With a limited supply of Pfizer’s new COVID-19 treatment, Paxlovid, bound for Canada, the country’s top doctors have identified groups that should be first in line to get the pills — including unvaccinated older Canadians.
Giving unvaccinated Canadians access to this COVID-19 medication isn’t only the right thing to do, it’s smart public health policy, says one bioethicist.
“It would be ethically unjustifiable, and it would not be scientifically sound to withhold this limited drug from unvaccinated people,” said Dr. Kerry Bowman, a bioethicist at the University of Toronto.
In clinical trial data submitted to Health Canada, the drug was found to reduce risk of hospitalization and death by 89 per cent, according to Dr. Supriya Sharma, Canada’s chief medical adviser.
Ethically speaking, Bowman explained, it’s “very dangerous” to make “judgments” about choices patients make, as well as “about how much health care they can receive based on the choices that they made.”
“It would be a dangerous precedent, and it’s not in alignment with the Canada Health Act,” Bowman said.
As for the science, keeping people out of the hospitals — unvaccinated or not — is key to emerging from the pandemic, he explained.
“From a triage point of view, (vaccination status) is not relevant information…we don’t want highly sick people in the intensive care unit with COVID that don’t have to be there,” Bowman said.
“And so if, in fact, you could avert some of the unvaccinated entering our ICU and taking up space, which is what everyone’s upset and complaining about, all the more reason to do that.”
Very few courses of this treatment are arriving in Canada in the weeks ahead. Canada has already received an initial shipment of 30,400 treatment courses, Procurement Minister Filomena Tassi said on Monday, and 120,000 more are expected to be delivered between now and the end of March.
There are over 330,000 active cases of the COVID-19 confirmed across the country right now, though that’s considered to be an underestimate.
But far from being the best option for all of those active cases, Paxlovid is only an effective treatment option for a small group of people in Canada to begin with, according to Health Canada. To receive a course of the COVID-19 treatment, an individual must be over 18, and must first test positive for COVID, either with a PCR or a rapid antigen test.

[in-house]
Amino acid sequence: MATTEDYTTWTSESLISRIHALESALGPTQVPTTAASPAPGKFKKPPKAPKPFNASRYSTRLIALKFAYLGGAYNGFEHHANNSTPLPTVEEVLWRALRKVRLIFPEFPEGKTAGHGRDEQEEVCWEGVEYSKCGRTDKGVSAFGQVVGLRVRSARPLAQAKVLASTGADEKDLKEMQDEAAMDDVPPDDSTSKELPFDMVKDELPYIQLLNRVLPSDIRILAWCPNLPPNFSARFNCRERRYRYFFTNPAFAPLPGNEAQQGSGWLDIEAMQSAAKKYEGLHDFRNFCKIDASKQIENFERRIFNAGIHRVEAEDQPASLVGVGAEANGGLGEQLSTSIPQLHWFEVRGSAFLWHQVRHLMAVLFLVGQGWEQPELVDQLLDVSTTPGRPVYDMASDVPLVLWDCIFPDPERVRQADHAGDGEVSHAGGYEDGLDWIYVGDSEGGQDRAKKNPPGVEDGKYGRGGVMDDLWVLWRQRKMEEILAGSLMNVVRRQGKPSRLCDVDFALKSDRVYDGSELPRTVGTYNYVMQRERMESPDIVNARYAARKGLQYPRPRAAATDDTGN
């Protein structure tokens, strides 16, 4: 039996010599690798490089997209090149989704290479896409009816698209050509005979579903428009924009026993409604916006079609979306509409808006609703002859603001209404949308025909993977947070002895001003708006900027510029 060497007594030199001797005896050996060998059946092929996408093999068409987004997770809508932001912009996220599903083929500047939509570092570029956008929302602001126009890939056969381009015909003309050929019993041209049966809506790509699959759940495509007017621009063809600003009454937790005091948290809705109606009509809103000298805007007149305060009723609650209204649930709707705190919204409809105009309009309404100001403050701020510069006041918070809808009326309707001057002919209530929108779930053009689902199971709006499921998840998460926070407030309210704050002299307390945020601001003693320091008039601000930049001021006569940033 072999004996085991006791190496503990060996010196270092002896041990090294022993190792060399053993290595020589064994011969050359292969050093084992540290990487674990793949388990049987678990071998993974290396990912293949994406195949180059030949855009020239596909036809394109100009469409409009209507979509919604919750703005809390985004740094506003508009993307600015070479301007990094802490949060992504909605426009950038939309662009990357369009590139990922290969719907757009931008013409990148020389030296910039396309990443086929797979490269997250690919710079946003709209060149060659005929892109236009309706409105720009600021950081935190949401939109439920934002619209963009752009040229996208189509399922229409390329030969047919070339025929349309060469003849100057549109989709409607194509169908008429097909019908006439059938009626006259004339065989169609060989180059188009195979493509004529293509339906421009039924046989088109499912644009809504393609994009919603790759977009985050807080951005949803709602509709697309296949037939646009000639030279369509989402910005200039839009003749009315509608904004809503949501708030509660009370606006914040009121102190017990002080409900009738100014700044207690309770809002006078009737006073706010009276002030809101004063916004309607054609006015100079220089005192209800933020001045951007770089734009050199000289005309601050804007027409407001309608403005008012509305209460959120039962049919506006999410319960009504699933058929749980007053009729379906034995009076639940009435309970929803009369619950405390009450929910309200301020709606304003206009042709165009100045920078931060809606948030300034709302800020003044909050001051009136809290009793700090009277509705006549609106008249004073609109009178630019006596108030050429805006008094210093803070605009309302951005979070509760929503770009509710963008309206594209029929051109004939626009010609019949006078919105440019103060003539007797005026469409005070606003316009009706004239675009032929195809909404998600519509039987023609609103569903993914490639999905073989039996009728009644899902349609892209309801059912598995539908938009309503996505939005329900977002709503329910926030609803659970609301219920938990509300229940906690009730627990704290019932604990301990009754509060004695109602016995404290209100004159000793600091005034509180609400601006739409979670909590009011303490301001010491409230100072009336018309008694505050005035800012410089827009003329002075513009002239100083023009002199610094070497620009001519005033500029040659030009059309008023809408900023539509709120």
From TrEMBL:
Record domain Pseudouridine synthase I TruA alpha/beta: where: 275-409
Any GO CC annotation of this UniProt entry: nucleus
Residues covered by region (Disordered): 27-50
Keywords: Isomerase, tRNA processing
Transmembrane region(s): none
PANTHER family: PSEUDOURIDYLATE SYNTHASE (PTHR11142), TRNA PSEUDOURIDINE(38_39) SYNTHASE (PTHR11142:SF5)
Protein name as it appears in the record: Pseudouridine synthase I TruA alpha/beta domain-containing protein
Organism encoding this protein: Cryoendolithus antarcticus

The person must also be within their first five days of having symptoms, and be sick enough to need the medicine without being so sick they need to go to the hospital.
“Paxlovid is just yet another piece of the puzzle that helps us manage this illness in people who may be at more risk,” said Dr. Gerald Evans, an infectious disease specialist at Queen’s University in Kingston, Ont. “For instance, those very small few who are not vaccinated at the moment.”
Evans added that if you are fully vaccinated, you probably shouldn’t be concerned about others having access to Paxlovid before you.
“If you’re fully vaccinated, you don’t need this drug,” Evans said.
“The effectiveness of vaccination is clearly better than it is for a new antiviral medication like this that’s come out. So being fully vaccinated, you’re way ahead of the game.”
Some individuals who are fully vaccinated might find themselves needing the treatment, such as “an elderly person with a solid organ transplant,” Evans said, but those people are the exception, not the rule.
Who gets priority access to Paxlovid?
The final priority list will be up to the provinces and territories to decide, Health Canada said on Tuesday, but the federal government has provided those regions with “interim implementation considerations” for the first batches of Paxlovid that have arrived.
“(The) first consideration is prioritizing individuals who are at the highest risk for severe illness and hospitalizations,” said Anne Génier, a spokesperson for Health Canada.
Those individuals, Genier added, include immunocompromised Canadians, those over 60 who live in certain at-risk settings and aren’t fully vaccinated, and those over 80 “whose vaccinations are not up to date.”
Global News contacted every province and territory to determine the criteria they’ll use in deciding who gets first access to the limited supply of Paxlovid.
In Quebec, people who are immunocompromised will be given priority access to the treatment, regardless of their vaccination status, a spokesperson told Global News. New Brunswick’s government, meanwhile, said Paxlovid “will only be provided to individuals who are among the public health priority groups for the time being.”
Nova Scotia, Ontario, Alberta and British Columbia did not provide specifics on their priority groups. However, Ontario, Alberta and B.C. all said they are currently working to determine eligibility and would have more details to share in the near future.
Manitoba did not directly answer Global News’ question. Newfoundland and Labrador, Prince Edward Island, Saskatchewan, Northwest Territories, Nunavut and Yukon governments did not respond by the time of publication.
At the end of the day, Paxlovid is just another tool in the pandemic toolbox, said Evans.
“I don’t think this is a game changer,” he said.
“What this is about, is yet another very effective tool we can use in a portion of the population.”